Any photos not otherwise credited are from the personal collection of Frank Passic, Albion Historian.
Morning Star, October 28, 2018, pg. 6
November 6, 1918: About 1,100 Albion voters turned out to the polls Tuesday and re-elected Mayor Hoaglin by a margin of 101 votes.
November 7, 1918: NOTE: [False Armistice Day] "Albion Celebrates for First Time. At last Albion celebrated. Rumors that the Germans had signed an armistice were all over the country last night and this morning but could not be verified. The official confirmation came to the Recorder office shortly after noon today, through a special United Press wire. Mayor Hoaglin was notified and on the word of honor of the entire Recorder force being pledged for the truth of the statement, he omitted a whoop and ordered out the fire truck, which raced around the streets with bell clanging and sirens sounding. Factory whistles blew, church bell sang and automobile horns added to the din. Small boys on bicycles dragged cans along the pavement. Before the celebration had been long in progress the S.A.T.C. in full force headed by its band and led by its officers marched downtown."From our Historical Notebook this week we present the front-page headline of the Albion Recorder of November 7, 1918.
Albion Recorder Nov 7, 1918 Headline
November 11, 1918: "Fighting Stops, War Over. Armistice signed at 5 o’clock this morning, Paris time. After three days of expectancy, Albion people received the good news early this morning. With the rehearsal of Thursday still fresh in mind, the city immediately got into action preparing for an impromptu carnival of celebration at three in the afternoon. The business section promptly bloomed out in flags. Schools, factories and stores will all close, and the S.A.T.C. promised to be out in full force. The Italians and Russians notified the mayor that they would march in a body and the Cement Casket Co. called up to say that it would have the Kaiser properly prepared for his part in the big doings."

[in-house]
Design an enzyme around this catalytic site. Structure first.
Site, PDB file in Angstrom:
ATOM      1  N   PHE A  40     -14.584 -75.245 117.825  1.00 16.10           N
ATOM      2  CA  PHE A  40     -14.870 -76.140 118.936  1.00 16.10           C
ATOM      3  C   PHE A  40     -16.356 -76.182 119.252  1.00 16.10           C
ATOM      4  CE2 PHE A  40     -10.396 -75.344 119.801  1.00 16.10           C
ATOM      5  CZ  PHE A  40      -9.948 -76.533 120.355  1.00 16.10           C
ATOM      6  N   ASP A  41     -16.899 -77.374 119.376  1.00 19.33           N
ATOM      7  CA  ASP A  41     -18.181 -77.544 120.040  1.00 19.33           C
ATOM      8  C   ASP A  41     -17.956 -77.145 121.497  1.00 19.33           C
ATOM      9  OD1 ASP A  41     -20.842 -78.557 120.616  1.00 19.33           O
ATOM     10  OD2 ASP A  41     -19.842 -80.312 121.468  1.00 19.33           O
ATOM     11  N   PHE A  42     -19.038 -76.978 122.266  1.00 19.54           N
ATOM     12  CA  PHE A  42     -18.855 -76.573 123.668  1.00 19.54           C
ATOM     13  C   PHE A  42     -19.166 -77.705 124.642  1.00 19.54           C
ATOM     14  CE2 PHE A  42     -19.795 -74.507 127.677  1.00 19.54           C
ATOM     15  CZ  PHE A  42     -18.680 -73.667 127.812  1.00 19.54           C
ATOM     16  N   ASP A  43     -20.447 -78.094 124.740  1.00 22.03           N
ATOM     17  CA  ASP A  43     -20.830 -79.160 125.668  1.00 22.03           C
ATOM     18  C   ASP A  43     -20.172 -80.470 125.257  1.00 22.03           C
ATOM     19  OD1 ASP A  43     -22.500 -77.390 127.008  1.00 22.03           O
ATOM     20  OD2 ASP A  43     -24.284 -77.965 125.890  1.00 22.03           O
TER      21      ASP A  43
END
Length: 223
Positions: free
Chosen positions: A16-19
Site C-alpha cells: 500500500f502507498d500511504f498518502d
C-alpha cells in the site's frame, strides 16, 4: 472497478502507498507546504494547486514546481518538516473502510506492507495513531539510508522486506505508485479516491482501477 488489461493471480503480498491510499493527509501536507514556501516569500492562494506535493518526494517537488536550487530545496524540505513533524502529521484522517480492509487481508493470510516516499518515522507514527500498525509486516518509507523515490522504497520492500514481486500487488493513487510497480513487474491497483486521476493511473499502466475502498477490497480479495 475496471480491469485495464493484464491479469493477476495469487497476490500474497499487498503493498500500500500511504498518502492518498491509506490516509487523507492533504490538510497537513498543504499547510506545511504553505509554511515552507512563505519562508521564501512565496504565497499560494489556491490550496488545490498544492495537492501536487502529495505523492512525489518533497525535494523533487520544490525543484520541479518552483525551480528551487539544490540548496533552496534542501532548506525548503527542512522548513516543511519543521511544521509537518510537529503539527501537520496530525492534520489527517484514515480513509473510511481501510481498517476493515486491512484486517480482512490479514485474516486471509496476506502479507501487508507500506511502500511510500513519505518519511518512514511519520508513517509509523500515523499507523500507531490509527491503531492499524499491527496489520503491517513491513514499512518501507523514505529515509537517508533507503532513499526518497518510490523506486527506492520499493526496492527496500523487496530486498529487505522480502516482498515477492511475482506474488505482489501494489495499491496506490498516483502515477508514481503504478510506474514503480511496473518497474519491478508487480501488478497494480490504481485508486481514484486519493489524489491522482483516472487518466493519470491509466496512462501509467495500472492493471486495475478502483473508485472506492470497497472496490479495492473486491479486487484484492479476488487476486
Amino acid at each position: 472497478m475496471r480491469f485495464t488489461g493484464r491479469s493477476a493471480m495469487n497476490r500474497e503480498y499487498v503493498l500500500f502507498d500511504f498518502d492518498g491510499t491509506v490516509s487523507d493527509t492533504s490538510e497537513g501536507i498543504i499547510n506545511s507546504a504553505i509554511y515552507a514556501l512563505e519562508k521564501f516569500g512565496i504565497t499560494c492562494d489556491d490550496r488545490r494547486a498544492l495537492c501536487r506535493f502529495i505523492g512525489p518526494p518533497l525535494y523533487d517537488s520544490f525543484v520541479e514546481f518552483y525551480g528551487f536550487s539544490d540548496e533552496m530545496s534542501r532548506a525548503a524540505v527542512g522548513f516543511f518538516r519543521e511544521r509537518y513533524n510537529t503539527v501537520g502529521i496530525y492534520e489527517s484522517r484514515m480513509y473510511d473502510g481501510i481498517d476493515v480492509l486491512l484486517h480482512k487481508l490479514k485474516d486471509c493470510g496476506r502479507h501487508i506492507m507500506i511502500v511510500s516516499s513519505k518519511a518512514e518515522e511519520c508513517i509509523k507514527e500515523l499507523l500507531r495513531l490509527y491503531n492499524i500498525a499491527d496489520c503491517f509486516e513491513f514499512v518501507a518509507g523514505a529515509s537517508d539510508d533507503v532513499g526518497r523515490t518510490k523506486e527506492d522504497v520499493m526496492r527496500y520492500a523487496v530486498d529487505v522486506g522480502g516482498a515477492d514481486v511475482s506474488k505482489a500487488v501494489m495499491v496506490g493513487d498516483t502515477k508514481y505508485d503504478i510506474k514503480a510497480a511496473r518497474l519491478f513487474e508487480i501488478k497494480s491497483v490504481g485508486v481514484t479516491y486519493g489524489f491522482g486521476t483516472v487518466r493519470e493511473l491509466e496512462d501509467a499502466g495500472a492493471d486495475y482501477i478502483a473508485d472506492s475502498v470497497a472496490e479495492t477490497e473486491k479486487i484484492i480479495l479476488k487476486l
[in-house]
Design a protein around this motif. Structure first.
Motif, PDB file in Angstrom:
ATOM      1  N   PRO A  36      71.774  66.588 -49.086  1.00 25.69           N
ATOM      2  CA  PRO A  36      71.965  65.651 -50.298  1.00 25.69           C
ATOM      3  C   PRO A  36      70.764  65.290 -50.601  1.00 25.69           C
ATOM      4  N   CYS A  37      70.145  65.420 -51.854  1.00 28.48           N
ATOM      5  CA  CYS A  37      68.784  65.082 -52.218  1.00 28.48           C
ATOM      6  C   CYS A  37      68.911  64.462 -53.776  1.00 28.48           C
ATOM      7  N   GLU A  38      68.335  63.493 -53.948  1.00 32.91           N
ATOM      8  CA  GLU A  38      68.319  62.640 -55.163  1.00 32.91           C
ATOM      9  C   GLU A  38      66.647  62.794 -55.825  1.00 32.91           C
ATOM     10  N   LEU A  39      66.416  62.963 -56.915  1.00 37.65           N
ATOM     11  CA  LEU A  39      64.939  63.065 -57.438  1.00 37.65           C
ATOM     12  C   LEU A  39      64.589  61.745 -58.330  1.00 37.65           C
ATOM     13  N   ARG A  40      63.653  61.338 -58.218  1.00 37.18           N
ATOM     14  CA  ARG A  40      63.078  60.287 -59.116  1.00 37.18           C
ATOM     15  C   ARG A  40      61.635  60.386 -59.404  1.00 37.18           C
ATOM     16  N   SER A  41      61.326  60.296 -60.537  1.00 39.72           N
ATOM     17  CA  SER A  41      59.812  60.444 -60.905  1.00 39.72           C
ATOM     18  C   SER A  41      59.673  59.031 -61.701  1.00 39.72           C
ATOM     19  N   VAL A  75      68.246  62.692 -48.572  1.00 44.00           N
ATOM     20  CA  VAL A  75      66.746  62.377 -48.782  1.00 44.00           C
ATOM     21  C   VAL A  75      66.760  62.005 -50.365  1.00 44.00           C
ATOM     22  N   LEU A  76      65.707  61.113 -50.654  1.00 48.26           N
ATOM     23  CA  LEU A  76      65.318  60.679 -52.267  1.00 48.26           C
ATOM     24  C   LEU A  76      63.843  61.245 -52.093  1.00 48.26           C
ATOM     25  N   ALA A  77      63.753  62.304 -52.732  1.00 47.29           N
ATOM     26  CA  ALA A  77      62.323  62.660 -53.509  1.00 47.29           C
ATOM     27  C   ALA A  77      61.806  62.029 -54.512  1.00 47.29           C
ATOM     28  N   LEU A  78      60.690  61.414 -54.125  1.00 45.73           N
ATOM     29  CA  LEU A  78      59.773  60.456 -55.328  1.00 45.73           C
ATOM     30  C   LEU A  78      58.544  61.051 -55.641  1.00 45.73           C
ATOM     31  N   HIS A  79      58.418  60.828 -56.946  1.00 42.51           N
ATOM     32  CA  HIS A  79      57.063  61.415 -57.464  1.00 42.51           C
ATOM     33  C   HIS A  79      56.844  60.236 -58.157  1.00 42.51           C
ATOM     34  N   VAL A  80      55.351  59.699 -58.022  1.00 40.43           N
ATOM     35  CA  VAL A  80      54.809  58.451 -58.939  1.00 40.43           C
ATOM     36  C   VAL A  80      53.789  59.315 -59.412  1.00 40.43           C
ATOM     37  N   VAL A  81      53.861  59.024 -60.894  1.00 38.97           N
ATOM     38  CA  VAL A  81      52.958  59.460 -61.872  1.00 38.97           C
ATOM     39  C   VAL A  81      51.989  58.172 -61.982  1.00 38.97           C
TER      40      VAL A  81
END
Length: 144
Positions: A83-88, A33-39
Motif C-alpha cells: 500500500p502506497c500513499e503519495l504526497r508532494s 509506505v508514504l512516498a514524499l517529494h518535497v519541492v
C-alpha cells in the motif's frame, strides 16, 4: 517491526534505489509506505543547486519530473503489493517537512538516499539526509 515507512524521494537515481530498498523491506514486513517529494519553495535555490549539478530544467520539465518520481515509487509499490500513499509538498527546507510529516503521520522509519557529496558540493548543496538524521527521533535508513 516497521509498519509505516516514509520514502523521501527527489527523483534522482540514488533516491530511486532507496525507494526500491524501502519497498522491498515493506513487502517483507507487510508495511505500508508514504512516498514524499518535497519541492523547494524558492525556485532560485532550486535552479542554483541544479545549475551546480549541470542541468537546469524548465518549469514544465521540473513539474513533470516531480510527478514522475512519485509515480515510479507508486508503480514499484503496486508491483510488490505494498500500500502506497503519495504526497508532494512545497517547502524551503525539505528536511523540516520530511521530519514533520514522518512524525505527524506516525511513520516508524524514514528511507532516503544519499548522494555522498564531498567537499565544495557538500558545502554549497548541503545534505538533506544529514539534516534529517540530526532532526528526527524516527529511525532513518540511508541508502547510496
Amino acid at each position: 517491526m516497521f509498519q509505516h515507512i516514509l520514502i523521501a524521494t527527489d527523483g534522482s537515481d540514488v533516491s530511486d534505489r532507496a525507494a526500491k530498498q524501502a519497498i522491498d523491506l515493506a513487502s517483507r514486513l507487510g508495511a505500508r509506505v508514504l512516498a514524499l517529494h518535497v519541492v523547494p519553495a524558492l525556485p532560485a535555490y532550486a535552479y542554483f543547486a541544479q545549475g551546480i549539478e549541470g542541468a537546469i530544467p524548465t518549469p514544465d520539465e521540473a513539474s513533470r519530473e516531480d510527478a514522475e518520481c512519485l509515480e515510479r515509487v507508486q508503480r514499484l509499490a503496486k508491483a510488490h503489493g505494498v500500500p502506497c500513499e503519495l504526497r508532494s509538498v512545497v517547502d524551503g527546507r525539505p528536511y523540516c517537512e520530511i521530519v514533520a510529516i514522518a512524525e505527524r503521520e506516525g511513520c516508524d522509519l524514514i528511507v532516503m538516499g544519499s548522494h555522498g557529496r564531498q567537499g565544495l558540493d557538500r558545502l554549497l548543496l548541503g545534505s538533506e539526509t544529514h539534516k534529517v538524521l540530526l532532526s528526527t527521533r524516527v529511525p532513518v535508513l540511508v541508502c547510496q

November 14, 1918: "There is a feeling of unrest among the employees at the Albion Coal mine which according to the local fuel administrator, O. H. Gale, seems to be a continuance of the trouble last winter over the 10˘ raise granted under the Washington agreement."
November 18, 1918: "Ten quarts of good whisky were confiscated early yesterday morning by the local police authorities in another of the big booze hauls for which the Albion officers are becoming noted. At shortly before 2 o’clock they made their way into the sample room rented by an Albion man and located at the rear of the Hotel Albion. Here the stored liquor was discovered and taken over by the officers."
November 20, 1918: "There is going to be a gib time soon in one of the homes of Albion’s colored settlement if the signs all point right. Yesterday the local express office received a box from Alabama, slatted on one side, and curious investigators upon peering within, discovered one real for-sure-enough live possum. Notice of its arrival was immediately sent to the given address, but up to noon today it had not been called for."
"The local influenza situation is gradually growing worse, according to the statement of Health Officer Hafford this morning. A large number of the school children are developing the disease and in the Dalrymple School the number of pupils absent because of the flu is running from 17 to 24 from a room."
November 21, 1918: Union Meeting of Boy Scouts. Troop No. 1 was happily surprised when they were paid an unexpected visit by troop No. 2 Wednesday evening at the Methodist Church. This gathering was the making of a great brotherhood among the Boy Scouts of Albion. William N. Viola, Scoutmaster, Troop No. 1."
"Sam Vitale, of the Rapid Shoe Shop, returned last evening from Pittsburgh, where he was called by the death of his sister. She is survived by her husband and three children. One of the children, a 10-year old boy, returned with Mr. Vitale to Albion and will make his home here."
November 23, 1918. "Schools Closed at Noon Today. In an effort to prevent a second serious outbreak of influenza, Health Officer Hafford ordered the public schools to close today for the period of a week, and longer if necessary, to break up the epidemic."
November 27, 1918. "Albion Will Give Heartfelt Thanks. All Churches to Have Special Services, and Business Will be Suspended for the Day. Albion today was busy preparing for practically the greatest Thanksgiving Day in its history."
November 29, 1918: "Another Epidemic Threatening City. For the second time Albion is in the grip of an influenza epidemic which may necessitate the placing of the quarantine ban, on all public gatherings again.
All text copyright, 2020 © all rights reserved Frank Passic